The Hale Community Wind Project is under development in Texas, and at 1.1 Gigawatts, may become the largest farm in the nation with this type of ownership structure. The July issue of North American Wind Power cited the Windustry when describing the benefits community wind.
Washington State August 30, 2010 The State of Washington has awarded Cascade Community Wind Company (CCWC) one million dollars (30% grant 70% low interest loan) to help install up to eight community wind turbines before December 2011.
Lessons & Concepts for Advancing Community Wind, released by The Minnesota Project, seeks to advance the development of community-based wind projects in the United States by drawing keys to success and policy recommendations from three compelling Midwestern case studies.
Wind energy continues to experience double digit growth rates because of the relatively cheap technology and the widespread availability of wind resources, and numerous studies have now shown that locally-owned wind projects produce disproportionate benefits to the local community and region where they are built. This presents community wind energy development as a stand-out opportunity for communities across America to pursue locally-owned projects that will help meet their electricity needs and contribute to energy independence while also providing tremendous economic benefits.
- Section I: Community Wind Case Studies
- Winona County, MN
- City of Willmar, MN
- Miner County, SD
- Section II: Keys to Success
- Visioning & Planning
- Project Leadership
- Involving the Community
- Financing & Pricing
- Section III: Solutions for Advancing Community Wind
- Dispersed Generation Studies
- Siting & Permitting Standardization
- Establishing or Improving C-BED Legislation
- Rural Utility Service Loans
- Investment Tax Credit or Cash Grant
- Net Metering
- Advanced Renewable Tariffs
- Standard Offer Contracts
- Increasing Renewable Portfolio Standards
Times are EDT - Here you will learn about the upcoming TAP Webinar that will present on April 28, 2010, and is sponsored by the U.S. Department of Energy (DOE) Technical Assistance Project (TAP) for state and local officials.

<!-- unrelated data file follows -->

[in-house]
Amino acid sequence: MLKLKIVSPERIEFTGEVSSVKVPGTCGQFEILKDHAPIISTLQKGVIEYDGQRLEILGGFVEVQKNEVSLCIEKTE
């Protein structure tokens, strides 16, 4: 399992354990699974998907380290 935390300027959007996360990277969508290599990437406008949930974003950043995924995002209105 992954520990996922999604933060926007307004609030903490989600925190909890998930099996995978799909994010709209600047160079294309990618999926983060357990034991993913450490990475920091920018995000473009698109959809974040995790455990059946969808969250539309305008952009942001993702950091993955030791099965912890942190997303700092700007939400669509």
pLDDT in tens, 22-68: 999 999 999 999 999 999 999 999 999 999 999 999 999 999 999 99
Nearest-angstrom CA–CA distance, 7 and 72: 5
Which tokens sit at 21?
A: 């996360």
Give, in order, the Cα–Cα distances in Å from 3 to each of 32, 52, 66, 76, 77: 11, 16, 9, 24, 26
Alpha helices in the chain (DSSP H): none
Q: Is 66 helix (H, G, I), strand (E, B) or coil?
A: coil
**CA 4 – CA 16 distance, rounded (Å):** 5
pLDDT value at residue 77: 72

The Massachusetts Clean Energy Center's (MassCEC) Community-Scale Wind Initiative awards grants for qualifying wind projects with a nameplate capacity greater than or equal to 100 kilowatts (kW.) A project is eligible for funding if it is located at a commercial, industrial, institutional, or public site, and if the electric system will be served by a Massachusetts investor-owned electric utility company or a Municipal Light Plant Department that pays into the Renewable Energy Trust Fund.
“Economic Development Impacts of Community Wind Projects: A Review and Empirical Evaluation” by E. Lantz and S. Tegen, National Renewable Energy Laboratory, in April 2009.
Community wind projects have long been touted (both anecdotally and in the literature) to increase the economic development impacts of wind projects, but most analyses of community wind have been based on expected results from hypothetical projects. This report provides a review of previous economic development analyses of community wind projects and compares these projected results with empirical impacts from projects currently in operation.
Washington, DC, January 21, 2010 - U.S. Department of Energy Secretary Steven Chu announced today the selection of five projects to receive more than $20.5 million from the American Recovery and Reinvestment Act to support deployment of community-based renewable energy projects, such as biomass, wind and solar installations. These projects will promote investment in clean energy infrastructure that will create jobs, help communities provide long-term renewable energy and save consumers money.
A new report from Lawrence Berkeley National Laboratory reveals how the 30% investment tax credit (ITC) and cash grant equivalent have increased benefits for the development of Community Wind projects. “Revealing the Hidden Value that the Federal Investment Tax Credit and Treasury Cash Grant Provide To Community Wind Projects” analyzes the impact of new federal policies for wind farm investment incentives introduced this year as part of the U.S. economic stimulus program.
The Environmental Law & Policy Center has published an updated version of the Community Wind Financing Handbook. This guide reflects new financing opportunities available from federal energy and economic stimulus legislation, the new Farm Bill, and state incentives.
Webinar Series: Financing for Community Wind and Community Energy Projects
This is a recording of the first in a four-part webinar series at no charge that will provide attendees with vital information regarding Community Wind and Community Energy project financing in the new policy environment of the American Recovery and Reinvestment Act of 2009.
PTC, ITC or Cash Grant:
Where should a community wind developer begin?
Thursday, August 27, 2009
This webinar presented information about:
- The opportunities relating to each incentive as outlined in the ARRA
- What it takes to get a U.S. Treasury Cash Grant in lieu of tax credits, including:
- How to access the funds
- How and when to get project costs certified
- What to expect in the application process
- What the requirements are for submission
Lisa Daniels, Windustry
Jim Duffy, Nixon Peabody LLP
Forrest David Milder, Nixon Peabody LLP
Matt Ferguson, Reznick Group
Julie Newland, Reznick Group
Kevin Schulte, Sustainable Energy Developments
A transcript in Adobe Reader (PDF) format is also available in the link below:
Windustry Webinar Transcript
In-kind sponsorship of this webinar was provided by National Renewable Energy Lab (NREL), Nixon Peabody LLP, Reznick Group, and Sustainable Energy Developments (SED).